Diagram Courtesy of seatguru.com
As my many loyal readers have (ahem!) certainly noticed, this blog has been silent of late. The result of my having been caught in a cycle of endless peripatacity: back and forth across various sectors of the heavens. It hasn’t necessarily made me any holier, but it has meant boarding a large number of planes, which, in turn, has meant that I have had to field the query that doubles as this entry’s title, quite often.
Not necessarily a satisfactory trade-off, right?
And especially when I tell you the next thing: all those ticketing agents—no matter how polite or cute or helpful they may have been—were asking me the wrong damn question the whole time. And, making matters that much worse, I was giving them a wholly worthless answer in return.
Now, for those of you out there who have ridden a plane or two in your lifetime—and, especially, for those of you planning on doing so in the future—this matter may come of some interest. For, It turns out that there IS a really good and serviceable answer—but only in response to the really good and serviceable question. But that isn’t the question that normally gets asked. You know, the one that determines whether you get a chance to shoot photos of marshmallow-puffy clouds and rusty rooftops and the patchwork quilt of rotated farmlands receding through the weathered plexiglas versus the opportunity to slide untroubled from your seat and walk unimpeded to the john as often as you might care to, during your two, or five or nine hour flight.
So, what would that better, more important question be? (Well [cliffhangers!], for that you’ll have to negotiate the jump . . .)
According to this piece in Popular Mechanics, when calculating mortality, the question ought not to be “would you like the window or aisle?” rather: “would you prefer fore or aft?” And then, unless one is suicidal or else has an itch to tempt fate, there can only be one possible answer: “the aft! Give me the aft.”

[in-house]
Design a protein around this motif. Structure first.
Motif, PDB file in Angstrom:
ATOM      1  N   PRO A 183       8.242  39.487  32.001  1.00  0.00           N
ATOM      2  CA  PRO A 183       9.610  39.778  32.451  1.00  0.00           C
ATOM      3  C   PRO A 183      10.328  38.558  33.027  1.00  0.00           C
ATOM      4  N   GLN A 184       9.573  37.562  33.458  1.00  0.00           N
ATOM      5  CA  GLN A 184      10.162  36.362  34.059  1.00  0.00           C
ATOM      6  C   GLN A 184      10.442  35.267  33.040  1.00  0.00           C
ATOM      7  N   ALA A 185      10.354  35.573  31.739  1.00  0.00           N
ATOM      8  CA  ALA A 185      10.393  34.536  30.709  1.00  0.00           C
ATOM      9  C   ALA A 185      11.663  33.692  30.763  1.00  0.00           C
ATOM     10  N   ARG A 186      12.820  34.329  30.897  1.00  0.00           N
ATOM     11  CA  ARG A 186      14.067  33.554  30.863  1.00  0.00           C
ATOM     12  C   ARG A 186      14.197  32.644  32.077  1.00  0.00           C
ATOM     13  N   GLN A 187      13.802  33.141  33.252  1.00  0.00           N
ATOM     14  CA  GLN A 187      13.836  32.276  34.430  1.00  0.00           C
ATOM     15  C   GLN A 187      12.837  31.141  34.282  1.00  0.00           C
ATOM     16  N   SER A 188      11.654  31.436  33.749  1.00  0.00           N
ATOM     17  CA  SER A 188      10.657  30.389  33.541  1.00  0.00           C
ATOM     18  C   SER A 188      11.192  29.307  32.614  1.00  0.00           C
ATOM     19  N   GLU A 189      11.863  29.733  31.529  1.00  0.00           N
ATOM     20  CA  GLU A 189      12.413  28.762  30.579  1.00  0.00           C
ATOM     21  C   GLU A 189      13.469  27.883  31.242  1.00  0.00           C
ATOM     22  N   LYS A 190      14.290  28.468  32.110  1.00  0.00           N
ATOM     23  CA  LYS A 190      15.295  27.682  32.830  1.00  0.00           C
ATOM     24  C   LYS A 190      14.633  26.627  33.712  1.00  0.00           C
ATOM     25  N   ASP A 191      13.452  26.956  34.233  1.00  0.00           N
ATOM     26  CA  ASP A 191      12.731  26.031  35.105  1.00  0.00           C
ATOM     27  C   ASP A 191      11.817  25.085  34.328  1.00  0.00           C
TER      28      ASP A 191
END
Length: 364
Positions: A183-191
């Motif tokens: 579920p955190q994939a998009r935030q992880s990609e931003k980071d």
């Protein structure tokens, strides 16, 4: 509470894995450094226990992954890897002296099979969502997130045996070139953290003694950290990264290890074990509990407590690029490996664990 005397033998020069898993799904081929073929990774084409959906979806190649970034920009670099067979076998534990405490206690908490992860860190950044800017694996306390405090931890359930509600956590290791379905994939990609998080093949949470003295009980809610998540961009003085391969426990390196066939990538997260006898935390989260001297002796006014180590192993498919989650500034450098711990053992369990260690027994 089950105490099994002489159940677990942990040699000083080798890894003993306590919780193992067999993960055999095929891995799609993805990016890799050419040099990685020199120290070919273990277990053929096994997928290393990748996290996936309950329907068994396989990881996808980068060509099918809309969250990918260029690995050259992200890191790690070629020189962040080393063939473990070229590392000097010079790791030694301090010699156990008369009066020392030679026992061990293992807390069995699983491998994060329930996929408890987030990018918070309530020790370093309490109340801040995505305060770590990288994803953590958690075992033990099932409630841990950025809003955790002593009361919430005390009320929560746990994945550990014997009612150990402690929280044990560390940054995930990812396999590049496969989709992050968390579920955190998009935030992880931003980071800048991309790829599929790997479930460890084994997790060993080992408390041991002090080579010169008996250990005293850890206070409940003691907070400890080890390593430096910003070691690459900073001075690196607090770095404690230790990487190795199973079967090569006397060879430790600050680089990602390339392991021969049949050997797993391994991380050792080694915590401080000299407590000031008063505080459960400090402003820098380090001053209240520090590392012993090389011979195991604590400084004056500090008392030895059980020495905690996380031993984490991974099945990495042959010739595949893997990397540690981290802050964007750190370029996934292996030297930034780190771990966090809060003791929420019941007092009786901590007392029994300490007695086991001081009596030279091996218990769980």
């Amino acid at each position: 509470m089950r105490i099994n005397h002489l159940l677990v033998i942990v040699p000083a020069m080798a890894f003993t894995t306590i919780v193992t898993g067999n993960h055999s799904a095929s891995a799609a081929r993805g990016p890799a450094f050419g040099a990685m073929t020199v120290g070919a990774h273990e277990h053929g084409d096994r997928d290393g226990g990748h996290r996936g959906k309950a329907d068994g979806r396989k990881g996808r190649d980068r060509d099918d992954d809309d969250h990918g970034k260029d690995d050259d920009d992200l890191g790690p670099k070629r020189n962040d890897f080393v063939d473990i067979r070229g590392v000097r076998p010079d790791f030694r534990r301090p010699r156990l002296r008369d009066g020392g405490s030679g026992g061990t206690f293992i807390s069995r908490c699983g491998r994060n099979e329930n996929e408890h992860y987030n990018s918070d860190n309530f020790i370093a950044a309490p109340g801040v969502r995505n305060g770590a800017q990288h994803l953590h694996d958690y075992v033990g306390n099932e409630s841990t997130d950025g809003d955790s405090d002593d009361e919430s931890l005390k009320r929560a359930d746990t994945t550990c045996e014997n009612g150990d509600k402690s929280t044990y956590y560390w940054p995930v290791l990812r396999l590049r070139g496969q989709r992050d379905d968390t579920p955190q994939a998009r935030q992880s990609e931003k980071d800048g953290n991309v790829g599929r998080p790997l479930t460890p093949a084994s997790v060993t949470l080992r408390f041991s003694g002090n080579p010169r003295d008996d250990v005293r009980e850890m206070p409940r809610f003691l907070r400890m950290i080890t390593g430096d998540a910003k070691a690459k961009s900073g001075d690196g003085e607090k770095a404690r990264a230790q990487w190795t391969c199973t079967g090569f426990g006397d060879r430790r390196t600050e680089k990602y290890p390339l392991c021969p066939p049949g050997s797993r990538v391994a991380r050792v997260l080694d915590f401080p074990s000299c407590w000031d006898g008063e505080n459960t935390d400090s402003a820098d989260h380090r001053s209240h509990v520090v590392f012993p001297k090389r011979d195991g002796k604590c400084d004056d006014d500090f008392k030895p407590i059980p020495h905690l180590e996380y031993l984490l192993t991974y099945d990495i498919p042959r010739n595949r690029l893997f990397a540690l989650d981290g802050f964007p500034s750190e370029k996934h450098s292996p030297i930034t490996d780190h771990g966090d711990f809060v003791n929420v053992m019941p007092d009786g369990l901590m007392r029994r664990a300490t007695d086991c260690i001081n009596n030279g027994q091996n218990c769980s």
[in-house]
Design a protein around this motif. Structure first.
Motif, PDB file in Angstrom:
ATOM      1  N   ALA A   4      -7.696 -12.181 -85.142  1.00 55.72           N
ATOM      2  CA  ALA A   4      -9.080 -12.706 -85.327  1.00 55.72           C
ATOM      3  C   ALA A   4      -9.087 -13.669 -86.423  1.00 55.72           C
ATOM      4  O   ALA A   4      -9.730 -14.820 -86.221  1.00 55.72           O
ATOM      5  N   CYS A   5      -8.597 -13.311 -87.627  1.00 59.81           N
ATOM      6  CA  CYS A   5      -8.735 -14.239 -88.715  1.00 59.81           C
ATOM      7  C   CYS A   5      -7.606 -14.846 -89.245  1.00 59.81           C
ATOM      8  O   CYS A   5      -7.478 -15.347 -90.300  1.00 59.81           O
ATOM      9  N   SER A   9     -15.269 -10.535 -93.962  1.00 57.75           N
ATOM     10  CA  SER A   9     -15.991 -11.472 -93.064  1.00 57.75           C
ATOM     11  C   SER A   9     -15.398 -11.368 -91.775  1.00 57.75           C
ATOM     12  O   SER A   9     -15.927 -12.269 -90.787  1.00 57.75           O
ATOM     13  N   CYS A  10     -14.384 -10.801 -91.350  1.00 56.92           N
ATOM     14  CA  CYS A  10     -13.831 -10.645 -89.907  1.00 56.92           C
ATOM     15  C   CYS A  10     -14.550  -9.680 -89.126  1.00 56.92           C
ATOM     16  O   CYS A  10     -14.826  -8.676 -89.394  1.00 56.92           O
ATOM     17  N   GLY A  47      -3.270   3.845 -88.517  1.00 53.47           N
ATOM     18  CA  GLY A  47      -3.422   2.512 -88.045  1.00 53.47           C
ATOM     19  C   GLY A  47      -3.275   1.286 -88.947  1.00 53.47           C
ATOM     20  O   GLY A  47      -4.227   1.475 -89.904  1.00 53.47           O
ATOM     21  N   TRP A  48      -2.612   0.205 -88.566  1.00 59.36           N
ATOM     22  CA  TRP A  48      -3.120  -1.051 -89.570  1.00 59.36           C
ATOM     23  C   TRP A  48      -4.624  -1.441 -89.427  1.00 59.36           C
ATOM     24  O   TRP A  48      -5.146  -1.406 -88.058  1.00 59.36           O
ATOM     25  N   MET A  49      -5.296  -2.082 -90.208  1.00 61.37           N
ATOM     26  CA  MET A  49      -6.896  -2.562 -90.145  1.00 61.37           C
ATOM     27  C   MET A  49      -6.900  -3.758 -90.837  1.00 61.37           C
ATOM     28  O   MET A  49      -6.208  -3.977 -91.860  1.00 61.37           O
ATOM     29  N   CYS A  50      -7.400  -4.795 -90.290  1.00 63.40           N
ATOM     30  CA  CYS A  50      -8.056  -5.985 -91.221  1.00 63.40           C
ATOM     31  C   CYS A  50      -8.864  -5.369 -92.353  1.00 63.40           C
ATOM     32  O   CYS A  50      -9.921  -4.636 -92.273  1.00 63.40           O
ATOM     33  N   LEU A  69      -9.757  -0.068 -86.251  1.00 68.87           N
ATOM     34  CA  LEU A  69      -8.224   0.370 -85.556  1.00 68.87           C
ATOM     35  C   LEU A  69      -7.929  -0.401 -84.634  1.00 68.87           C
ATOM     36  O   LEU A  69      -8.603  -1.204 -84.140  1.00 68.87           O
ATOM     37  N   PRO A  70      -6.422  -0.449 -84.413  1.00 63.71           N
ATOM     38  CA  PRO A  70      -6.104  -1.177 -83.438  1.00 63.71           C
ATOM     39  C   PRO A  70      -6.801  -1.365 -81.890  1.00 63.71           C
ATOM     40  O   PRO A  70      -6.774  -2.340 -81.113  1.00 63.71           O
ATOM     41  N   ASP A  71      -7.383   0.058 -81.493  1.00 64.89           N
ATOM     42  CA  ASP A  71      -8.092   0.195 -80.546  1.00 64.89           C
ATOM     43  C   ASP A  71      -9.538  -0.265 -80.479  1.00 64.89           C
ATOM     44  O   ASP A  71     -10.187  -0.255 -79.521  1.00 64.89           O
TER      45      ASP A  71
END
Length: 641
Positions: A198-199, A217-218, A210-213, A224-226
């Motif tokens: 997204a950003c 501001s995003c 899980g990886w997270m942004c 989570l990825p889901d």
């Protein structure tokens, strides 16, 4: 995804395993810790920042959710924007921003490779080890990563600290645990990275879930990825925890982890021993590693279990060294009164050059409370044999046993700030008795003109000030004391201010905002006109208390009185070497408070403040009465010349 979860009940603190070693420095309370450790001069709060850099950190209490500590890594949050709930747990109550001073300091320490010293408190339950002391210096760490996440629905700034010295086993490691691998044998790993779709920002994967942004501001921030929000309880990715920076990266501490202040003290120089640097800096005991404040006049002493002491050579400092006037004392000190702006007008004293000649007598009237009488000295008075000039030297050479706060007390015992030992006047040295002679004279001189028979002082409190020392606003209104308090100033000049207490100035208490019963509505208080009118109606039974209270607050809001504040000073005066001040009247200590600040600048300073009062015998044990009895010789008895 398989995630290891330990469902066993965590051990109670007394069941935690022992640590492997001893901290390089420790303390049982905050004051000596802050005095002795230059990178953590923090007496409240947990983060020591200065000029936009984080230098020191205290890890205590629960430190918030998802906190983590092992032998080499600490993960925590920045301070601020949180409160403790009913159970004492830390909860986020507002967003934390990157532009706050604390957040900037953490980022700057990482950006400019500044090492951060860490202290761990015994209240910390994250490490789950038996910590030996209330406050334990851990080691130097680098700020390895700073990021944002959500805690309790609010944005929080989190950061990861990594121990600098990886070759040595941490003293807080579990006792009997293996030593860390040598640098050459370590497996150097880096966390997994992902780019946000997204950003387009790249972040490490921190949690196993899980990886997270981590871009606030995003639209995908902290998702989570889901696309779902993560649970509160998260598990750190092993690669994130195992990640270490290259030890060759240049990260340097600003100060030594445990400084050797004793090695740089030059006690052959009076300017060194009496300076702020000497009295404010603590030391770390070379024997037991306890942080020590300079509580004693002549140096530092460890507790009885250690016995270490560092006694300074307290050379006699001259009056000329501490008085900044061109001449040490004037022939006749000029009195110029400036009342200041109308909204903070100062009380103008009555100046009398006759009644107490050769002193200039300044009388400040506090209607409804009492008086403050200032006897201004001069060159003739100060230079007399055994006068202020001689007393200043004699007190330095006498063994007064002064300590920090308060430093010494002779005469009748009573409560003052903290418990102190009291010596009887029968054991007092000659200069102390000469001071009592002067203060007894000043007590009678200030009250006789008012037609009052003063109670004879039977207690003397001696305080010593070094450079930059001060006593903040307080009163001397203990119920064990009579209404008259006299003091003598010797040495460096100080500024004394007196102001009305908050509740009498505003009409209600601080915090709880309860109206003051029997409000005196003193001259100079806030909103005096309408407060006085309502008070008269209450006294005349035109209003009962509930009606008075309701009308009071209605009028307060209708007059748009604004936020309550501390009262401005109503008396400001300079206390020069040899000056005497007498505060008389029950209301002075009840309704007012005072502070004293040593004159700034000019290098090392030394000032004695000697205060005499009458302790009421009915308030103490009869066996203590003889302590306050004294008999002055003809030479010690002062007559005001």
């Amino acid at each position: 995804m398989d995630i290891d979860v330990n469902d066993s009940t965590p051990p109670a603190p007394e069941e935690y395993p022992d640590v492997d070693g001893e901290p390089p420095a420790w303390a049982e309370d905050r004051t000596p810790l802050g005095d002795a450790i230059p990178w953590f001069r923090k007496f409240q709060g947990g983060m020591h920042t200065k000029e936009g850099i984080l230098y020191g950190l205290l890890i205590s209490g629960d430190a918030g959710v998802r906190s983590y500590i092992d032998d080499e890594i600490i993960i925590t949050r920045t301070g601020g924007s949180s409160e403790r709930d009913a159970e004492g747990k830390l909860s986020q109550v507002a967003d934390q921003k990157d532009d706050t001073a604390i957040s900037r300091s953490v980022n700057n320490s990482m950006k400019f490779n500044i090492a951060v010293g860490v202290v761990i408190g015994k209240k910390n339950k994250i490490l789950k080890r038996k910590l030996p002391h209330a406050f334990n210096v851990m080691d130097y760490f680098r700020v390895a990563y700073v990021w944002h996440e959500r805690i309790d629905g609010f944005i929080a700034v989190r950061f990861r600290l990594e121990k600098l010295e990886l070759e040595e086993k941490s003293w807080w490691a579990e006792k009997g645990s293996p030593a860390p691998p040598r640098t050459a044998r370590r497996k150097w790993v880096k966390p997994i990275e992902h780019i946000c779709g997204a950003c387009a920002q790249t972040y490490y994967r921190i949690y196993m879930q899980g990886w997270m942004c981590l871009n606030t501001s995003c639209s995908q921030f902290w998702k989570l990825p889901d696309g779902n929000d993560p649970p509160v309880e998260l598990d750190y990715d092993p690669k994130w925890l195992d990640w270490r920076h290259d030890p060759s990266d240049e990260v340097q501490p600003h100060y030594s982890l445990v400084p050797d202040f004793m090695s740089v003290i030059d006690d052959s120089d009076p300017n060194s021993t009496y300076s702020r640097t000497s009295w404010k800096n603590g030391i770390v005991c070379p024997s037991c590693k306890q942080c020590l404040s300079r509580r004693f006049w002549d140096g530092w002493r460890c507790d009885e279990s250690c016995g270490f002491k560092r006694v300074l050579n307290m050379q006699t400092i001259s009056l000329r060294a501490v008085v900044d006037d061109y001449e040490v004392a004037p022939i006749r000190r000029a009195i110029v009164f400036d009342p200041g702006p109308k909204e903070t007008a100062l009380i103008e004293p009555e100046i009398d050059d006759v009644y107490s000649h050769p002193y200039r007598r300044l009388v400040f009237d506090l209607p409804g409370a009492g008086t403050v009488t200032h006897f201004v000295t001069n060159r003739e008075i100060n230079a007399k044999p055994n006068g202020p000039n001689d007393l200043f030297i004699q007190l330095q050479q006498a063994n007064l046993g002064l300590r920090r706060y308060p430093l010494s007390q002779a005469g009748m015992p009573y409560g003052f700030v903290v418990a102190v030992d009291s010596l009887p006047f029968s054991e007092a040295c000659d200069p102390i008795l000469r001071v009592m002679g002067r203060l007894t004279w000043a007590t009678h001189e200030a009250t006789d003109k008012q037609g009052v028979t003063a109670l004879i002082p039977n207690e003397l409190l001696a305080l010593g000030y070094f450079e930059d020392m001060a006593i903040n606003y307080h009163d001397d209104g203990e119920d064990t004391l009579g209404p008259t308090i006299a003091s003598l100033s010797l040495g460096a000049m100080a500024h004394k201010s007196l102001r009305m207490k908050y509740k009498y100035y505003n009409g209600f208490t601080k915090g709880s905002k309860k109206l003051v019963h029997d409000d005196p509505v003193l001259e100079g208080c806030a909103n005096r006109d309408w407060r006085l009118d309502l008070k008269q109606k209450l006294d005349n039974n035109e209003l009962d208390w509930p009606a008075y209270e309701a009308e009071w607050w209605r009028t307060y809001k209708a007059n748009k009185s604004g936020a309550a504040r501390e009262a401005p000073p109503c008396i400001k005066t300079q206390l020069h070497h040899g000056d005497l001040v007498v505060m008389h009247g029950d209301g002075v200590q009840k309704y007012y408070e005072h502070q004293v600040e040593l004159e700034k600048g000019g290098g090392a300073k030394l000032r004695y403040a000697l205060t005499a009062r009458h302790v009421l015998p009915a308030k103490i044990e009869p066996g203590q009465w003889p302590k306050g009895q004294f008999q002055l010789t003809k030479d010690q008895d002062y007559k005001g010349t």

As far aft, as possible, it appears.
Examining every commercial airline crash in the United States since 1971, the periodical assessed patterns in survival and mortality for 20 accidents, determining that:
- in 11 of the 20 crashes rear passengers fared far better;
- only 5 accidents favored those seated in the fore section;
- 3 flights were tossups (that is, mortality was rather equally distributed); and
- 1 flight outcome did not allow the determination of seat positions (which doesn’t sound like a promising result no matter where passengers were located).
Whether coincidental or not, the best survival rates for those seated in front of the wing occurred during the five mishaps between 1988 and 1992. It seems since then, planes have done what we’d intuit them to: drop nose first. Meaning that, despite the longer wait for disembarkation, we may have finally stumbled upon the best rationalization for not doling out the extra fifteen hundred bucks for First Class. Instead of admitting what for most of us is the truth (“I can’t afford it” or “I can’t see springing for the extravagance”), we can simply be pragmatists (well, okay, self-loving pragmatists): “I’m simply maximizing the probability that I am going to survive this flight.”
There’s no shame in surviving, right?
Before you (or, more likely, your relatives) go and say “Todd told me (him/her) to head for the back” (which sort of sounds like a lawsuit waiting to be hatched), I have to observe that this sort of study is far from scientific. After all, it is based on a very small N spread over a rather long period of time (during which the product, laws governing flight and commerce, regulatory and maintenance procedures, etc., have likely changed). Moreover, and most obviously, it is predicated on comparison of different kinds of planes, of varying sizes, ages and maintenance schedules, flown by pilots of differing skill and experiential levels, packed to differing passenger and baggage densities, under differing weather conditions—blah, blah. You understand the methodological drill, right?: sort of like holding up apples and bowling balls for inspection and assuming that uses and meanings and outcomes all fit into the same interpretive box.
But that said . . . and all things being equal . . .
it might be enough to induce a pause the next time a ticket agent looks you in the eye and says: “and would you like a window seat or aisle today?”
Actually . . . could you make that something in the aft? As far back as the seats go. I mean . . . assuming that I actually have to fly at all.
// Moving Pixels
"the static speaks my name creates an uncomfortable intimacy between the player and the protagonist.READ the article